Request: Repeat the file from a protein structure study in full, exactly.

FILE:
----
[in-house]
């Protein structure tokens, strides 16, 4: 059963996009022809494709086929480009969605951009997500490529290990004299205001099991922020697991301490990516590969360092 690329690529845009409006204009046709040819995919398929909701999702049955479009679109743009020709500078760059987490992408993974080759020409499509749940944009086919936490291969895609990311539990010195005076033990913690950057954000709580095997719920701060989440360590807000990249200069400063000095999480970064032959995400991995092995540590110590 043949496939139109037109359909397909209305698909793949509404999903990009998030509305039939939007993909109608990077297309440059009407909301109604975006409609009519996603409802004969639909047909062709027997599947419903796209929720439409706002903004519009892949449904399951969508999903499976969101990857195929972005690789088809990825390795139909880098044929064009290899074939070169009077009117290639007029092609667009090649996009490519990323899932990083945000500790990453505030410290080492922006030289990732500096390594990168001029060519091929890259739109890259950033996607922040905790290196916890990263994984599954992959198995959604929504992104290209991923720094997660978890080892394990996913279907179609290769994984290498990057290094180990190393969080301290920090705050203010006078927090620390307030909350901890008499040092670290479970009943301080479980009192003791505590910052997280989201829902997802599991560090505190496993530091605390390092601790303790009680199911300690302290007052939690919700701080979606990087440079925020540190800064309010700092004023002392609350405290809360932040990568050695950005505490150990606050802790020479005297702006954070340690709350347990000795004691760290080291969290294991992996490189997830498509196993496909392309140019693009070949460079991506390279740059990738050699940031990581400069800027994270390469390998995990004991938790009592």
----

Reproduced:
[in-house]
């Protein structure tokens, strides 16, 4: 059963996009022809494709086929480009969605951009997500490529290990004299205001099991922020697991301490990516590969360092 690329690529845009409006204009046709040819995919398929909701999702049955479009679109743009020709500078760059987490992408993974080759020409499509749940944009086919936490291969895609990311539990010195005076033990913690950057954000709580095997719920701060989440360590807000990249200069400063000095999480970064032959995400991995092995540590110590 043949496939139109037109359909397909209305698909793949509404999903990009998030509305039939939007993909109608990077297309440059009407909301109604975006409609009519996603409802004969639909047909062709027997599947419903796209929720439409706002903004519009892949449904399951969508999903499976969101990857195929972005690789088809990825390795139909880098044929064009290899074939070169009077009117290639007029092609667009090649996009490519990323899932990083945000500790990453505030410290080492922006030289990732500096390594990168001029060519091929890259739109890259950033996607922040905790290196916890990263994984599954992959198995959604929504992104290209991923720094997660978890080892394990996913279907179609290769994984290498990057290094180990190393969080301290920090705050203010006078927090620390307030909350901890008499040092670290479970009943301080479980009192003791505590910052997280989201829902997802599991560090505190496993530091605390390092601790303790009680199911300690302290007052939690919700701080979606990087440079925020540190800064309010700092004023002392609350405290809360932040990568050695950005505490150990606050802790020479005297702006954070340690709350347990000795004691760290080291969290294991992996490189997830498509196993496909392309140019693009070949460079991506390279740059990738050699940031990581400069800027994270390469390998995990004991938790009592």